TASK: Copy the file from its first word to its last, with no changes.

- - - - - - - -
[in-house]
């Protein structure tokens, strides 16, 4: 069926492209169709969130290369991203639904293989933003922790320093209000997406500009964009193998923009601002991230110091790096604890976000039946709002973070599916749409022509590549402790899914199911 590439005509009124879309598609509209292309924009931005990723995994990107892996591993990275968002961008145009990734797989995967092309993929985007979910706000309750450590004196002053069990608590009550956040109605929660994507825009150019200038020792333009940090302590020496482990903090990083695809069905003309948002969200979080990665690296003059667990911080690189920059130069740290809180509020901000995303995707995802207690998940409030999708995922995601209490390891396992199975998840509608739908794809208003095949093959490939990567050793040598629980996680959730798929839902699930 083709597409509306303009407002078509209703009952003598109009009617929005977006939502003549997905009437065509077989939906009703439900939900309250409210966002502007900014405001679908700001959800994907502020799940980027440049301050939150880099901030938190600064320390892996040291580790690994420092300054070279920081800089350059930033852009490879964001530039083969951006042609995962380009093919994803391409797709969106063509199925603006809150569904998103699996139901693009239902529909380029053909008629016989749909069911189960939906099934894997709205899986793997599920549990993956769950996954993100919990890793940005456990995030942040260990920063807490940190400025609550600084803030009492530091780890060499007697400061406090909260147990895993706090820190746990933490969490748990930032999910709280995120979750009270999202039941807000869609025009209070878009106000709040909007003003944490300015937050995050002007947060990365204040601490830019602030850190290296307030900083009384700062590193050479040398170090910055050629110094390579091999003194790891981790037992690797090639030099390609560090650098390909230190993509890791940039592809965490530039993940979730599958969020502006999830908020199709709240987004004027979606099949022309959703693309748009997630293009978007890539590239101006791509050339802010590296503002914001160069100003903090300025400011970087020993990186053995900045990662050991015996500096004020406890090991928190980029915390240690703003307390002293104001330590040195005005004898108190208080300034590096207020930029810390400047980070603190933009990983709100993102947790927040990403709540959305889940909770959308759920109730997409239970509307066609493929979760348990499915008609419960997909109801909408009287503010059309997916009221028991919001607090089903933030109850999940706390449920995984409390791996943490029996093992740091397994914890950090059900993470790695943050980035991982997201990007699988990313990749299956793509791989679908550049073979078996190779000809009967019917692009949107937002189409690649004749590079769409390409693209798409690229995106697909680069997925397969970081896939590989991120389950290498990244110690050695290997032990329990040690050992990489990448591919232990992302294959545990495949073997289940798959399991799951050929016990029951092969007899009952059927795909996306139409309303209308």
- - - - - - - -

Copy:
[in-house]
């Protein structure tokens, strides 16, 4: 069926492209169709969130290369991203639904293989933003922790320093209000997406500009964009193998923009601002991230110091790096604890976000039946709002973070599916749409022509590549402790899914199911 590439005509009124879309598609509209292309924009931005990723995994990107892996591993990275968002961008145009990734797989995967092309993929985007979910706000309750450590004196002053069990608590009550956040109605929660994507825009150019200038020792333009940090302590020496482990903090990083695809069905003309948002969200979080990665690296003059667990911080690189920059130069740290809180509020901000995303995707995802207690998940409030999708995922995601209490390891396992199975998840509608739908794809208003095949093959490939990567050793040598629980996680959730798929839902699930 083709597409509306303009407002078509209703009952003598109009009617929005977006939502003549997905009437065509077989939906009703439900939900309250409210966002502007900014405001679908700001959800994907502020799940980027440049301050939150880099901030938190600064320390892996040291580790690994420092300054070279920081800089350059930033852009490879964001530039083969951006042609995962380009093919994803391409797709969106063509199925603006809150569904998103699996139901693009239902529909380029053909008629016989749909069911189960939906099934894997709205899986793997599920549990993956769950996954993100919990890793940005456990995030942040260990920063807490940190400025609550600084803030009492530091780890060499007697400061406090909260147990895993706090820190746990933490969490748990930032999910709280995120979750009270999202039941807000869609025009209070878009106000709040909007003003944490300015937050995050002007947060990365204040601490830019602030850190290296307030900083009384700062590193050479040398170090910055050629110094390579091999003194790891981790037992690797090639030099390609560090650098390909230190993509890791940039592809965490530039993940979730599958969020502006999830908020199709709240987004004027979606099949022309959703693309748009997630293009978007890539590239101006791509050339802010590296503002914001160069100003903090300025400011970087020993990186053995900045990662050991015996500096004020406890090991928190980029915390240690703003307390002293104001330590040195005005004898108190208080300034590096207020930029810390400047980070603190933009990983709100993102947790927040990403709540959305889940909770959308759920109730997409239970509307066609493929979760348990499915008609419960997909109801909408009287503010059309997916009221028991919001607090089903933030109850999940706390449920995984409390791996943490029996093992740091397994914890950090059900993470790695943050980035991982997201990007699988990313990749299956793509791989679908550049073979078996190779000809009967019917692009949107937002189409690649004749590079769409390409693209798409690229995106697909680069997925397969970081896939590989991120389950290498990244110690050695290997032990329990040690050992990489990448591919232990992302294959545990495949073997289940798959399991799951050929016990029951092969007899009952059927795909996306139409309303209308």